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Fake Letters, Real Feelings

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The pitter patter of tiny feet rushing to his room effectively caught Fakir’s attention and he looked up just in time to see Uzura run into his room. What could she want now? What had her so excited? 


He dog-eared the page of the book he’d been reading, but didn’t push it aside on his desk. “What is it?” Hopefully, she wouldn’t make such a fuss and would leave as soon as she came in. He was busy, researching and highlighting in hopes of finding useful information for his (and Ahiru’s) quest to help Mytho. So far, he hadn’t come across particularly helpful texts, but he was still trying. Nothing could take precedent over this task he had assigned himself to do.


Uzura walked towards him, a skip in her step and a glow in her smile as she handed him a red envelope. “I found Ahiru’s lovey-dovey for you, zura!” she said as she jumped enthusiastically. 


“Lovey-dovey?” Fakir echoed as he looked at the envelope littered with hearts. 


From: Ahiru

To: Fakir


The curvy handwriting had Fakir feeling slightly uneasy. Maybe it was the fact that the envelope itself was decorated with an overwhelming amount of pink hearts. Or perhaps it was that this was addressed to him, supposedly from his friend…. He recognized what it was immediately. He had received similar envelops in the past, names of different girls written on the envelopes, all addressing him. This felt different, but it failed to excite him the way it made Uzura gleam at it with wonder. 


If anything, it made him wary. Firstly, he knew Ahiru didn’t do confession letters. Or confessions of any kind. And even if she did, why would she waste time writing a letter for him, of all people? How pointless. This was obviously fake.


However, Uzura’s expectant look and the fact that Ahiru’s name was written on the envelope made Fakir decide to give this love letter the benefit of a doubt. He had never bothered to read the dozens of letters from other girls, wouldn’t read this one.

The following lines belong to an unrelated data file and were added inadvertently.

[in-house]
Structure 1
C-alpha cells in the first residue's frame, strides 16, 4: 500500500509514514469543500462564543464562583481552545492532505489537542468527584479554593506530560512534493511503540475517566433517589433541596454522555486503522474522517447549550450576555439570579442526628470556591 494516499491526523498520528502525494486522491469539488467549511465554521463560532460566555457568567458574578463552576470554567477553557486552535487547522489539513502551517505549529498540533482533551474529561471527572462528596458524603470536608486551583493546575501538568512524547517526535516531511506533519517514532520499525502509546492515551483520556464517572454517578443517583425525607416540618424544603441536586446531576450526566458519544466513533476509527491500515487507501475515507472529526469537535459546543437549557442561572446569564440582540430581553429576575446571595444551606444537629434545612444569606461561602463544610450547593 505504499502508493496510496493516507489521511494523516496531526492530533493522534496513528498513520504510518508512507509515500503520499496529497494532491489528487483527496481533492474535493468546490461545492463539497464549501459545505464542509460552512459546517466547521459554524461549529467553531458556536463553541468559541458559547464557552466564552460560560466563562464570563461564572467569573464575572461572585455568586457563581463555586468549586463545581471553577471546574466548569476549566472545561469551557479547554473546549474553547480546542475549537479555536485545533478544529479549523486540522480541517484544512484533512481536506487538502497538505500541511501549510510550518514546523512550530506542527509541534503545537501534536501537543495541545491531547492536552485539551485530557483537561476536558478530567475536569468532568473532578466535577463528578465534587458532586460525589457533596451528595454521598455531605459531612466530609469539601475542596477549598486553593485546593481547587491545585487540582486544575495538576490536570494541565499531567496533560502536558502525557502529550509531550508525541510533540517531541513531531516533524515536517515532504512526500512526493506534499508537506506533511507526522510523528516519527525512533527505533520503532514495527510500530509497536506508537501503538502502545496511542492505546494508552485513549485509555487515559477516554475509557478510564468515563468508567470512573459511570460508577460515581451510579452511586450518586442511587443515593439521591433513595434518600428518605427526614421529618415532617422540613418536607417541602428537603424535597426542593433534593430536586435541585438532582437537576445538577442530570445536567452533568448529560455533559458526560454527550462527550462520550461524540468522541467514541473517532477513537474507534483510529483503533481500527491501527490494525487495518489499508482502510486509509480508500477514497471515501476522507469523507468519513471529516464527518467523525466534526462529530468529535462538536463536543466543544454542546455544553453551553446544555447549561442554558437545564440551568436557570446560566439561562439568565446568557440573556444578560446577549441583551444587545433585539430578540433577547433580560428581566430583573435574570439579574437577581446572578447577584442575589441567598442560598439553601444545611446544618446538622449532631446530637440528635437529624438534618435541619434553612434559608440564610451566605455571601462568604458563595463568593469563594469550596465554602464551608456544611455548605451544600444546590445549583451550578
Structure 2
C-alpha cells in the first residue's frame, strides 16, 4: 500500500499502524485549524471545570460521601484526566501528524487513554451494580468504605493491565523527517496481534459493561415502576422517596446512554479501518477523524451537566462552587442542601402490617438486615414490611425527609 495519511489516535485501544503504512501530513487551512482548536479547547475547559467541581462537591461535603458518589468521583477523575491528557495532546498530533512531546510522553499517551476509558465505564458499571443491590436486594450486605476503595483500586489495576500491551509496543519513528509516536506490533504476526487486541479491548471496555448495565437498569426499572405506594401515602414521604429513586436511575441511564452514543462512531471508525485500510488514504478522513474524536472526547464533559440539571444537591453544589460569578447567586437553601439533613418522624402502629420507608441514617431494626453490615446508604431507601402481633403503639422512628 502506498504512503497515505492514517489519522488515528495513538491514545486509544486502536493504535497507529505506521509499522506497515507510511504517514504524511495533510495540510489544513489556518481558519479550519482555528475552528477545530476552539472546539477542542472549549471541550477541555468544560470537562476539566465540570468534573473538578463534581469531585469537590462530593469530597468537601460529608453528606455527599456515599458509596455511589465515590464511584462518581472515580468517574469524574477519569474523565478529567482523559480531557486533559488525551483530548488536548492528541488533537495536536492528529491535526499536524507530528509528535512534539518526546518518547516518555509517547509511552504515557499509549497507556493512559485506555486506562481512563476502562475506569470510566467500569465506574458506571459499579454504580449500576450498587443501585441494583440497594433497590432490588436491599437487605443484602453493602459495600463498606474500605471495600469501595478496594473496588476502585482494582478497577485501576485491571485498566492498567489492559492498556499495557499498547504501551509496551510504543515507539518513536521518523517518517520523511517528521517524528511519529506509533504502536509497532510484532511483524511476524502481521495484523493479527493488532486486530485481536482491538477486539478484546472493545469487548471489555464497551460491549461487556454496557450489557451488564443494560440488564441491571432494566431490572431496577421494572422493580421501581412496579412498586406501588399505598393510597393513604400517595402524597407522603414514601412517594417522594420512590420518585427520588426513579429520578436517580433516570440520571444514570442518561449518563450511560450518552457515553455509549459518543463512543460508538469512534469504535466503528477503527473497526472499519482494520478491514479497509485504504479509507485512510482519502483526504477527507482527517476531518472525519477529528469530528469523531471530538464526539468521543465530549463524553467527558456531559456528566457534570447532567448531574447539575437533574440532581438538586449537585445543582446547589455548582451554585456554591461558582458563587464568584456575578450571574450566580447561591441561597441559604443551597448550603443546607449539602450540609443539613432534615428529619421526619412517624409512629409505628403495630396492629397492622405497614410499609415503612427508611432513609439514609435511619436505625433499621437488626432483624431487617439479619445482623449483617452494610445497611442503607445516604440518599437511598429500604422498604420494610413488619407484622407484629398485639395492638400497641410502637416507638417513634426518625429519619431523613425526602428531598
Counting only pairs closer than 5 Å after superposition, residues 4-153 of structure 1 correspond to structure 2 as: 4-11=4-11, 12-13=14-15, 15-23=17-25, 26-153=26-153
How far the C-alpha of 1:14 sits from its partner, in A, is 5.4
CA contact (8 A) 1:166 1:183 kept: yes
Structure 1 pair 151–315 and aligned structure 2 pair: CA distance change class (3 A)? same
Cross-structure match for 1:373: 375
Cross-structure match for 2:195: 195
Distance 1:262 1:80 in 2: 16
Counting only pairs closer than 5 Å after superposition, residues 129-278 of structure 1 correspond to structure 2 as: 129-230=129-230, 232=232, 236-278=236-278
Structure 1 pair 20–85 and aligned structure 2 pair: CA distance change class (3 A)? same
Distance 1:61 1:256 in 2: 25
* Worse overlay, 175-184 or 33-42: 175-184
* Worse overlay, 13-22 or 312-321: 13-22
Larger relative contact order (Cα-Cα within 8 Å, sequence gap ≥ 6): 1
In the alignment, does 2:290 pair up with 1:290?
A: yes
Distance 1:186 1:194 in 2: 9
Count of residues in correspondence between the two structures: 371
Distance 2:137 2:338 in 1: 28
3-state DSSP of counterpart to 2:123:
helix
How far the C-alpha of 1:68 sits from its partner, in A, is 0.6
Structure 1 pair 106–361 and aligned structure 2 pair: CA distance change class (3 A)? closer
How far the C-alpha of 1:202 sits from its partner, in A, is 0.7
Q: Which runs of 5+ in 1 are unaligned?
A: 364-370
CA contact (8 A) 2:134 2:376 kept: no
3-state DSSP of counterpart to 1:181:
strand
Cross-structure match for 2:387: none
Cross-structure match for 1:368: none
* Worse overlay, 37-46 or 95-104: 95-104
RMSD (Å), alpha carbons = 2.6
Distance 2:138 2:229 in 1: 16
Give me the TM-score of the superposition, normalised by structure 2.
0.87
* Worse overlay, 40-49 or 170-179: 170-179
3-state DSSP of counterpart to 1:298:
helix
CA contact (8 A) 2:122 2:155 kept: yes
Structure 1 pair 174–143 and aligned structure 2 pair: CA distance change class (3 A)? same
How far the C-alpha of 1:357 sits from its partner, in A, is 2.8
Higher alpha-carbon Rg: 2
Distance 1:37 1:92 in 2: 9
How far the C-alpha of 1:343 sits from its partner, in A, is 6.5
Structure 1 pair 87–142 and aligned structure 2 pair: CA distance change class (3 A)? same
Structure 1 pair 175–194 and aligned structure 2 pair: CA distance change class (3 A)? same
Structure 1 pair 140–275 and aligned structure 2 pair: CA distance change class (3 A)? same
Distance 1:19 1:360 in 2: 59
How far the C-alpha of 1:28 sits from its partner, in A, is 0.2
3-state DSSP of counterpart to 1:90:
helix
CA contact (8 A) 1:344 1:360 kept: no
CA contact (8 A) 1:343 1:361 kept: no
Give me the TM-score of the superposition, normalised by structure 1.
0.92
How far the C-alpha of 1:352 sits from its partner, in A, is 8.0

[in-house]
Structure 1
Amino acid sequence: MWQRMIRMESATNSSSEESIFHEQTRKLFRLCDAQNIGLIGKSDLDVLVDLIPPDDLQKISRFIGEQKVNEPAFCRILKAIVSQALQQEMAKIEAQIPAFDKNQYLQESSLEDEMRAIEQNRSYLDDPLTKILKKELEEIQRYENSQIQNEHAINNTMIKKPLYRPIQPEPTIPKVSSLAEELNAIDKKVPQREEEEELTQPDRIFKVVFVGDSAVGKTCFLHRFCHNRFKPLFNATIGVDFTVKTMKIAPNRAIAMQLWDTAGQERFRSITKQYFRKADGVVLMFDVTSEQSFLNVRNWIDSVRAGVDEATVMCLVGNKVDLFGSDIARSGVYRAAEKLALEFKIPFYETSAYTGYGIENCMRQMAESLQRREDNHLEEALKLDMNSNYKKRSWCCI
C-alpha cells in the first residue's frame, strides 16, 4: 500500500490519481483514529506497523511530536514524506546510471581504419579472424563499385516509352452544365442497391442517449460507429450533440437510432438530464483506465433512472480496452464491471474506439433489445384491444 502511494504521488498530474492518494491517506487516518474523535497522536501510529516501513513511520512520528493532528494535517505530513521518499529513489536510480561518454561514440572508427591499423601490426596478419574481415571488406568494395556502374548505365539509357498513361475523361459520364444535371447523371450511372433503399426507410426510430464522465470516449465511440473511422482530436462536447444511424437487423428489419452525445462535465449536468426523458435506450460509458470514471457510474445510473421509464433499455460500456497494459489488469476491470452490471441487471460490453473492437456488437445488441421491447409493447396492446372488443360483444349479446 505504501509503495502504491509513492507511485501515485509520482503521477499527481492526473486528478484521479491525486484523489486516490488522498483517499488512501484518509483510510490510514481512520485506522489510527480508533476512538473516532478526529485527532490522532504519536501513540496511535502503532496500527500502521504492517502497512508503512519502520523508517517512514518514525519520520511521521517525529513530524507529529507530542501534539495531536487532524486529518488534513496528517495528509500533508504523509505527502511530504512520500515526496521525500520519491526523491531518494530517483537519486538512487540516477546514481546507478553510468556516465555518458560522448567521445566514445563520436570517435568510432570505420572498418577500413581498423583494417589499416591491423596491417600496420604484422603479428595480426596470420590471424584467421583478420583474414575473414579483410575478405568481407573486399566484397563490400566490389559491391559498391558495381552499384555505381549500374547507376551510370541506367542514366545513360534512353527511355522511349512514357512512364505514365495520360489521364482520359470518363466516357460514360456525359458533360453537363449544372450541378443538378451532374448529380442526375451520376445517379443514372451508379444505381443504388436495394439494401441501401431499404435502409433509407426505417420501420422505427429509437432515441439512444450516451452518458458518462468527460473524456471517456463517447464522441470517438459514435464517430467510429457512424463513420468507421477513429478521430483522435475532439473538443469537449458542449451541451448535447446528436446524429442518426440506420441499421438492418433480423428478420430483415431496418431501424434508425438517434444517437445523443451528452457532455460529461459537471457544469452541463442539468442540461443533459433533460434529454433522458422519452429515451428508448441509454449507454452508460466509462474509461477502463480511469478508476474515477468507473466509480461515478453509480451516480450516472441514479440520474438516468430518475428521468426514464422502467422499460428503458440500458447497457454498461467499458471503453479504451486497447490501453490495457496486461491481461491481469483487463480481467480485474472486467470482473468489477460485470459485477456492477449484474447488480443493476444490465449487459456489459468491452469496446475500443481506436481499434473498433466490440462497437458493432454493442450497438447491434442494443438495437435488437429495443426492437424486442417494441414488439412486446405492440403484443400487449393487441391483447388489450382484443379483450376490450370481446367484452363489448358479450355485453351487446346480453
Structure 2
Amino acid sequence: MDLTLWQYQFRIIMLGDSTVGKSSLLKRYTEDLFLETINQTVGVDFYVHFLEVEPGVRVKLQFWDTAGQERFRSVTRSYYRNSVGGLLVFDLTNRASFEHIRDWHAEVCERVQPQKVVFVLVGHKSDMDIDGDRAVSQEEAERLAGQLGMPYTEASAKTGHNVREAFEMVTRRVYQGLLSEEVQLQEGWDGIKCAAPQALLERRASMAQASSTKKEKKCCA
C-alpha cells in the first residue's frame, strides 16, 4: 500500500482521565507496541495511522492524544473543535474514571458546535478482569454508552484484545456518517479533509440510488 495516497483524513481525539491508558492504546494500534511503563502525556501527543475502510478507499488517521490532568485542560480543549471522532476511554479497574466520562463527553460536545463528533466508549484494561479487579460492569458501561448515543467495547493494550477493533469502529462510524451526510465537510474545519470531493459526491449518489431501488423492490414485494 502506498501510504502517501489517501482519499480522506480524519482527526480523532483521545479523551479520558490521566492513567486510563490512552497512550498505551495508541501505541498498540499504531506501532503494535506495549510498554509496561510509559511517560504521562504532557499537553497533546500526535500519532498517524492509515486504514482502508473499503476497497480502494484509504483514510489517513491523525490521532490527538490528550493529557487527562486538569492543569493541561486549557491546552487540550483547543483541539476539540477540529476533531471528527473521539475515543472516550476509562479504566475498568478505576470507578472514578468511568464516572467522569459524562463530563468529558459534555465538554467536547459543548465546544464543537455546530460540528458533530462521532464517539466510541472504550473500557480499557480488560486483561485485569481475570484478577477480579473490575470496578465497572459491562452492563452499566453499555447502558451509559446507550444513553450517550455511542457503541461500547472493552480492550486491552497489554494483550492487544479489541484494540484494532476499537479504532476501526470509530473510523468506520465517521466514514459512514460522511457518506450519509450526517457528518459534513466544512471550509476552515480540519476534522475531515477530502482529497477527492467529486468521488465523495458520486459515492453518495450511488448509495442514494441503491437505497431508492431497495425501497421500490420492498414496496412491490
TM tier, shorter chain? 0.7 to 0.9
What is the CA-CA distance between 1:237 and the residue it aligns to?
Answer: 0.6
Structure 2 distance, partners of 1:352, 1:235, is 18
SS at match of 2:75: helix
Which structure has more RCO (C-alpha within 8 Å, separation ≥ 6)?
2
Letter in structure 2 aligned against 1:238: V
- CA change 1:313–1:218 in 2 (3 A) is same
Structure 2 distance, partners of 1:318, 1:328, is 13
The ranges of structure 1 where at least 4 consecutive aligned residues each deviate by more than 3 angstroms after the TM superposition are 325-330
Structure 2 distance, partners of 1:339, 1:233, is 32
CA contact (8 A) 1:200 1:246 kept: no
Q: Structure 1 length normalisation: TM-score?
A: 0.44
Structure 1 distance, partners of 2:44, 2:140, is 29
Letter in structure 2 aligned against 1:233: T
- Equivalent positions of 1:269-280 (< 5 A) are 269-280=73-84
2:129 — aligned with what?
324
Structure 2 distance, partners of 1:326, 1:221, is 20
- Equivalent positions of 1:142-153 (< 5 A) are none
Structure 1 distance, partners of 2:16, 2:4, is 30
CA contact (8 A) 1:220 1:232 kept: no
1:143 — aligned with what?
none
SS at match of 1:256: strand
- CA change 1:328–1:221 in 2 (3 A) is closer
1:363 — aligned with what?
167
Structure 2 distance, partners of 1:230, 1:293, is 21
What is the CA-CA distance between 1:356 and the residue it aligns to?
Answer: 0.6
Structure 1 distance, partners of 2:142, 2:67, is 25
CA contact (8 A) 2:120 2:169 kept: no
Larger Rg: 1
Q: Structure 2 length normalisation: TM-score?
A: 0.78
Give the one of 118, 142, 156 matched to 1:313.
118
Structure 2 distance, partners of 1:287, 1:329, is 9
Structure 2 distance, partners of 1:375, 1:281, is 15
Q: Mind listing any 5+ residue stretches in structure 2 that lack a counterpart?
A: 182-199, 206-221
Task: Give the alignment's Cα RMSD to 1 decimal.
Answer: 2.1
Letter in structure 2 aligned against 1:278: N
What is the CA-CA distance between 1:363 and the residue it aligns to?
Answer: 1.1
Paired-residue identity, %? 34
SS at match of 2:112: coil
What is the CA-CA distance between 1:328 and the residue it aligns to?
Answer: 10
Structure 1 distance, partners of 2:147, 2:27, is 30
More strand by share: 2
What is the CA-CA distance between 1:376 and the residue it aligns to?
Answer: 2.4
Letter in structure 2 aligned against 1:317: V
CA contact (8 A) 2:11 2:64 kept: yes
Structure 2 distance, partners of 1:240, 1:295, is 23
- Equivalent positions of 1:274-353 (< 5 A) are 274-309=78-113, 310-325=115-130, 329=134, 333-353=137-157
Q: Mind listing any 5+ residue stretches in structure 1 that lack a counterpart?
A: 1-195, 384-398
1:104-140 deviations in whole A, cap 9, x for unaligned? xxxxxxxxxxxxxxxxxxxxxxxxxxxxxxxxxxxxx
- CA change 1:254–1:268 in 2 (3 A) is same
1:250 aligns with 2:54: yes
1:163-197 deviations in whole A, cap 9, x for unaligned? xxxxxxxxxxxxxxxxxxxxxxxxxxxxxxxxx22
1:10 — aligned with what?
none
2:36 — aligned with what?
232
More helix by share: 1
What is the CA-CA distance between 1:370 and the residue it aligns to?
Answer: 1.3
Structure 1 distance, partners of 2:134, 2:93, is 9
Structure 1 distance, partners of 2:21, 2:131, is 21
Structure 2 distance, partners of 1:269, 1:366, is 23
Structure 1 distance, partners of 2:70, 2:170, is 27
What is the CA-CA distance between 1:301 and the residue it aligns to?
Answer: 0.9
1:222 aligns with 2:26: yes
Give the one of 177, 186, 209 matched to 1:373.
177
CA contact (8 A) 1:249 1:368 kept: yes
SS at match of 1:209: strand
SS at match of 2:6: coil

‘It’s stupid’, he thought as he carefully opened the decorated envelope to take the letter out. Uzura sat on his bed, clutching her drumsticks while looking at the letter curiously, but nonetheless patiently waited for Fakir to tell her what it was she delivered. He would think twice to withhold information lest he makes her furiously tap on her drum to get him to talk. 


His suspicions were proven to be correct, though, when he glanced at the penmanship of the letter. The curvy handwriting alone was something that he didn’t trust. By then, he knew what Ahiru’s handwriting looked like and he was more than sure she never curved her As the way they were written there. He had seen her write with that scribbly kind of cursive that seemed to be pretty and barely legible, but it went all over the place. Fakir had to admit it was cute . However, judging by Mr. Cat’s constant complaints about the papers she wrote, it wasn’t the most presentable handwriting. The one on the letter, though, was too neat and too perfectly written for it to have come from Ahiru. Not even using a ruler could she have gotten it to be so straight and flawless. 


If the handwriting hadn’t been enough to convince him, then the word choice would get the job done. Ahiru was an expressive person when she spoke, but her rambling didn’t exactly get her point across unless she calmed down to be more coherent. He figured she was the same way while writing, and the tone of the letter alone did not give away that it was penned by her one bit. In fact, it was an insult to her person because there was no ounce of her personality present whatsoever. Had Ahiru been there when this letter was written? How did she allow for her name to be attached to something so cheesy


You make my heart burn hotter than a thousand suns’ , he read, cringing and wrinkling his nose at the phrase. ‘I crave for the warmth of your arms to make me feel complete.’ Who even wrote this and thought it was good writing? It was ridiculous and Ahiru would never come up with something as absurd as that. He finished reading, heavily criticizing the word choice and horrible grammatical mistakes, and set the letter on his desk with a grimace. 


Well, that had been an experience…. If the rest of the love letters he had received in the past were anything like this one, then he was glad he had thrown them in the waste bin. With a displeased sigh, he turned to look at Uzura. The fascination had won over her and by the time he knew it, she was standing on her tiptoes and staring at him, waiting for his reaction.